Crossing Guard Safety for Bus Drivers
by Lloyd Forbes Safety, Schools, Crossing Guards, Students

Crossing guards are a vital part of your child’s commute


It’s easy to take crossing guards for granted, and sometimes we forget how important their job is.

With their fluorescent reflective vests and stop signs, crossing guards are instrumental in helping children get to and from school safely. If you are interested in hiring a crossing guard for an area near your school, contact your local police department or school board.

Schools, law enforcement, government planning departments, and community members may implement a crossing guard program as a group or separately.

Crossing patterns every crossing guard must follow


Crossing guards and defensive drivers have at least one thing in common: extreme vigilance. The key to helping students cross streets safely is awareness and following the crossing patterns that every guard should know by heart:

  • Stop at the curb or edge of the street

  • Look left, right, and then left again for traffic

  • Look over the shoulder for turning vehicles if the pedestrian is standing at an intersection

  • Walk directly across the street at a consistent pace

  • Starting your own crossing guard program


    A good transportation director is always thinking of ways to improve safety. Adopting a top-notch crossing guard program can help ensure students cross the street safely.

    Follow these simple steps to implement your own crossing guard program:

    Identify where guards are needed in your district: Prior to hiring anyone, you'll need to determine where crossing guards are needed. Any notorious blind turns? Unsignalized crosswalks? Consult with your school bus drivers or transportation director about their bus routes.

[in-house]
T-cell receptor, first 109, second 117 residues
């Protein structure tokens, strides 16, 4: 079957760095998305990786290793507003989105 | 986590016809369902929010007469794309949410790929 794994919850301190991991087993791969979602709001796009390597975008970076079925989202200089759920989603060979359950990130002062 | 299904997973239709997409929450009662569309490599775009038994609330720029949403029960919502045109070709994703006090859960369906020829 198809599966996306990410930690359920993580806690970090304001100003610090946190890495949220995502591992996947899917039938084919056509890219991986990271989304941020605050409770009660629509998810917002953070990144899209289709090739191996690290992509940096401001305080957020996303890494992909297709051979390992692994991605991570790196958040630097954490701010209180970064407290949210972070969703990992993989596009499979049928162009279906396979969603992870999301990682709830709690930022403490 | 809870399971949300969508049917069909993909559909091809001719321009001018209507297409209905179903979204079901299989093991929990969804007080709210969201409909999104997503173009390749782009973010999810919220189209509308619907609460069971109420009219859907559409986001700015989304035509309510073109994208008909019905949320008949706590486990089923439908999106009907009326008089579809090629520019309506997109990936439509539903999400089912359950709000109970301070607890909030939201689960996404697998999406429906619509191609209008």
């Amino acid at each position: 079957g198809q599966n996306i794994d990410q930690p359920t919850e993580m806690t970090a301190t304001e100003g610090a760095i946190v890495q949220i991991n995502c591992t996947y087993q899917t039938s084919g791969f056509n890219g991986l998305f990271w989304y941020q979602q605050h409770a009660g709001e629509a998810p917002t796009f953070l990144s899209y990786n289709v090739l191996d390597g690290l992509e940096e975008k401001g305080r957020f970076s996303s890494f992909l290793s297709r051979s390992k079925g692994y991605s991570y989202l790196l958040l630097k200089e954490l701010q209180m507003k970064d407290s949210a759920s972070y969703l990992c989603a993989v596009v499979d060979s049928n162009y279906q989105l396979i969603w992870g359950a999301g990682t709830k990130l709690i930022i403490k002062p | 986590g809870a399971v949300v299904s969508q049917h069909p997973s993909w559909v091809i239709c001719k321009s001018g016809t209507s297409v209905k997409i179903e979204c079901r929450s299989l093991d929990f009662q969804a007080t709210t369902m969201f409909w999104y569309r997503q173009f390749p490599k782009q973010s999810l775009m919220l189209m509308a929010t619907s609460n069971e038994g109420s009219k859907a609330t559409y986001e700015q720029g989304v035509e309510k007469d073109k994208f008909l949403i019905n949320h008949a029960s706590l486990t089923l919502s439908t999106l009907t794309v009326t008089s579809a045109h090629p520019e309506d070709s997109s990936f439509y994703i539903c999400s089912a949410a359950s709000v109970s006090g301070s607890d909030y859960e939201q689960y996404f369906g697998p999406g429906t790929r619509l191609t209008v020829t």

Investigate roadways around your school’s perimeter: Some factors to keep in mind when identifying crossing guard locations include the ages of children who will be crossing, traffic volume and speed, traffic signals, number of traffic lanes, distance from school, and the types of surrounding buildings (residential vs. commercial). Don’t forget to get input from parents; many will know the location of problem areas.

    Hire and train crossing guards: Guards can be paid employees or volunteers, but must have good vision, hearing, communication skills, and the ability to stand for the duration of their shift. Additionally, guards must receive training on traffic laws, crossing procedures, how to signal drivers (using hand signals, a whistle, or stop sign), road signage, and emergency procedures.

    Provide uniforms and equipment: Ensure your newly-hired crossing guards are properly outfitted with safety visibility vests, stop signs, whistles, and any other tools they might need.

    Secure funds for your program: Having the best transportation safety program is impossible without proper funding. You can secure capital for your crossing guard program through local taxes, your school board, public works and traffic engineering departments, and Parent-Teacher Associations or Organizations.

    Modern technologies, like bus routing systems and electronic traffic signage, make getting to school safer — but nothing can replace the added security of the human crossing guards who provide an invaluable service to pedestrians. If you are seeking to improve transportation safety around your school district, review crossing guard programs and procedures at your next administrative meeting.